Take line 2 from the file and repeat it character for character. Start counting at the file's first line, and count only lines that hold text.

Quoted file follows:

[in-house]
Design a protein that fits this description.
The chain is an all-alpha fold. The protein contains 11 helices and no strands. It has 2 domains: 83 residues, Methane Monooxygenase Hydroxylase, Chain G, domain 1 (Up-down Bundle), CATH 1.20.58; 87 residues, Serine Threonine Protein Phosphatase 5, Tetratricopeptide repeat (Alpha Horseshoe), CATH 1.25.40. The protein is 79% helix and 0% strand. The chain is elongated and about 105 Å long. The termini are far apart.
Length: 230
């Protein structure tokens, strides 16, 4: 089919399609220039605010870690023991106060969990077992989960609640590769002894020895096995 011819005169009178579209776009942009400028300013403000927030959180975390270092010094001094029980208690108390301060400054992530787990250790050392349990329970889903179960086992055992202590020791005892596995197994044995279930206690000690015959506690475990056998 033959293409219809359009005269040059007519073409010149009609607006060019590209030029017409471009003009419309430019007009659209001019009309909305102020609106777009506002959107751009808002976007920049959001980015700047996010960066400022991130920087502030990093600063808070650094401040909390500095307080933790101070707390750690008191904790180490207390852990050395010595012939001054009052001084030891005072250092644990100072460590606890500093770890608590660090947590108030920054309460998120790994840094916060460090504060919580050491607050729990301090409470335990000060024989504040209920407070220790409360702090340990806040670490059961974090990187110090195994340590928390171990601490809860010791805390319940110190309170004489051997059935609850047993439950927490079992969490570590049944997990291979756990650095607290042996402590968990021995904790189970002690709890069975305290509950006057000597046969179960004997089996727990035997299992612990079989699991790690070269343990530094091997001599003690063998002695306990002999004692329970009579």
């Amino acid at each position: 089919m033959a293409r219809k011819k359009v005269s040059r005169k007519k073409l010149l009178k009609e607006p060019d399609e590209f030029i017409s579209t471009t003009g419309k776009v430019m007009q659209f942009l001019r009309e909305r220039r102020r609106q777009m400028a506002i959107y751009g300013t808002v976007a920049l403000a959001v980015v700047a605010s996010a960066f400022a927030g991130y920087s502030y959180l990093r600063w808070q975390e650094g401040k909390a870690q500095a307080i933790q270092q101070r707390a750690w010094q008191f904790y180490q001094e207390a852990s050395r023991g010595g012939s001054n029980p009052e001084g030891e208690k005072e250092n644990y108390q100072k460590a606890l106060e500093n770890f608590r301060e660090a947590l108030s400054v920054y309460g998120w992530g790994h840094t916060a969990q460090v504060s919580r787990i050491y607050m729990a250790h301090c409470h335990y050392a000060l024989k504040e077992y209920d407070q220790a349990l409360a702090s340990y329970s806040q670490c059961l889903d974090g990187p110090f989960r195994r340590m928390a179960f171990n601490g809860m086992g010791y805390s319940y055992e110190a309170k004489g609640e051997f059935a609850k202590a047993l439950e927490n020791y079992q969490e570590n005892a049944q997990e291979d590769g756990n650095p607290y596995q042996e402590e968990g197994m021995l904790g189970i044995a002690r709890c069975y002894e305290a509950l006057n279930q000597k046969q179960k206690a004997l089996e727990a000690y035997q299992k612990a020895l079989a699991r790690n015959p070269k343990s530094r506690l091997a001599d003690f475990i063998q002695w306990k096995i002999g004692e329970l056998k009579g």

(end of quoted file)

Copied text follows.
Design a protein that fits this description.